Monday, November 30, 2015
The Painter's Daughter
As a devoted Julie Klassen fan, I must say this newest novel did not disappoint!
This book has everything I've come to love about Klassen's books in particular, and in Regency fiction in general. A complicated love story, a swoon-worthy leading man, a fascinating cultural and geographical backdrop, and some good old-fashioned suspense. While it lacks some of the gothic mystery often found in Kalssen's earlier works, the old house in which the Overtree's live provides several fun plot twists.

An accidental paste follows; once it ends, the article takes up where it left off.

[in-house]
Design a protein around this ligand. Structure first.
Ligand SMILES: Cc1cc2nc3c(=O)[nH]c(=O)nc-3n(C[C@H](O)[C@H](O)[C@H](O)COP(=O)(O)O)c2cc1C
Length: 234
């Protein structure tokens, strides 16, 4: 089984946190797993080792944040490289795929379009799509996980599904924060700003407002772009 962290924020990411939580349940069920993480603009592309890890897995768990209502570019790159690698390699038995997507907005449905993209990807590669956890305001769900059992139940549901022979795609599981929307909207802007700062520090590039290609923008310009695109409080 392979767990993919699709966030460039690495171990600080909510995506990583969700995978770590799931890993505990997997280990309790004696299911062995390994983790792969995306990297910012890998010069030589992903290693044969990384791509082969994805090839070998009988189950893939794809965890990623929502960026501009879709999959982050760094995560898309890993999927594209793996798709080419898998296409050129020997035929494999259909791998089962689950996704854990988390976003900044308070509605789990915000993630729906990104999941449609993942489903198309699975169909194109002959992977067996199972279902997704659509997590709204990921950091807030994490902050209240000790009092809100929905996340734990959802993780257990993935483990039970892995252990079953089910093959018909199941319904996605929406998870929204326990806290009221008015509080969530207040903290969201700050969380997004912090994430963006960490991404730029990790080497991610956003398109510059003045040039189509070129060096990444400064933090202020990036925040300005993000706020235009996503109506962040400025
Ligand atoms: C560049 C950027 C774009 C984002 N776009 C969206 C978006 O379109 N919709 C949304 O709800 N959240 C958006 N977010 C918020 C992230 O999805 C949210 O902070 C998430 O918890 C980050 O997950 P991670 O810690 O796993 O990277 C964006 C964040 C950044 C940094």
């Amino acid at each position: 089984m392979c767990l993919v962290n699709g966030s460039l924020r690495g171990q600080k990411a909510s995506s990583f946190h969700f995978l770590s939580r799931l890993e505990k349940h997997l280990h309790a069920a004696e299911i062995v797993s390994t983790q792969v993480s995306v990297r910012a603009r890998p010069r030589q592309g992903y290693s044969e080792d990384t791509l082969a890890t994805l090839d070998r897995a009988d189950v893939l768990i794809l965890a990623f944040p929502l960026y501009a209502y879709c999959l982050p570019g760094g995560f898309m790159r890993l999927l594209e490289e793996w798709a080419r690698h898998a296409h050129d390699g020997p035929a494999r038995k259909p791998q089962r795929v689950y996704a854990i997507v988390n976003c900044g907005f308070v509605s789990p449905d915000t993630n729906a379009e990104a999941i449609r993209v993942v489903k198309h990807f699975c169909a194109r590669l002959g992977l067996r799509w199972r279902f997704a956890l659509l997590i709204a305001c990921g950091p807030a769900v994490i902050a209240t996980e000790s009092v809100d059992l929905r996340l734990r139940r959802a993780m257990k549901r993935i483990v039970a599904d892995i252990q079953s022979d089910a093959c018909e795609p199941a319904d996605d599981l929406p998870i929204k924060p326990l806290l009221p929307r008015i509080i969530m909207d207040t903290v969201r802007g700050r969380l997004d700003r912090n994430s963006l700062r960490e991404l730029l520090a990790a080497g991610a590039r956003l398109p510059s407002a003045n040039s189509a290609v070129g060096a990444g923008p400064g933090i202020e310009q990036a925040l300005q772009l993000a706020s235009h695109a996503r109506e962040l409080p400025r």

I particularly liked the complexities of many of the characters. Wesley, while inconstant and irresponsible, is a redeemable and believable antagonist. Sophie's perceived lack of physical beauty and talent leads her to fall victim to such a charming young man, and accurately shows the ethical dangers many young women face. Stephen Overtree-- the scarred, yet dashing Captain Wentworth-esq romantic lead-- exudes just the right amount of masculinity and tenderness.
As usual, Klassen pays homage to the great Jane Austen, with references to several young characters reading Sense and Sensibility, and a wonderful allusion to Pride and Prejudice's Lady Catherine de Bourgh, "If I had ever learnt, I should have been a great proficient."
Austen and Klassen fans rejoice, this is another hit!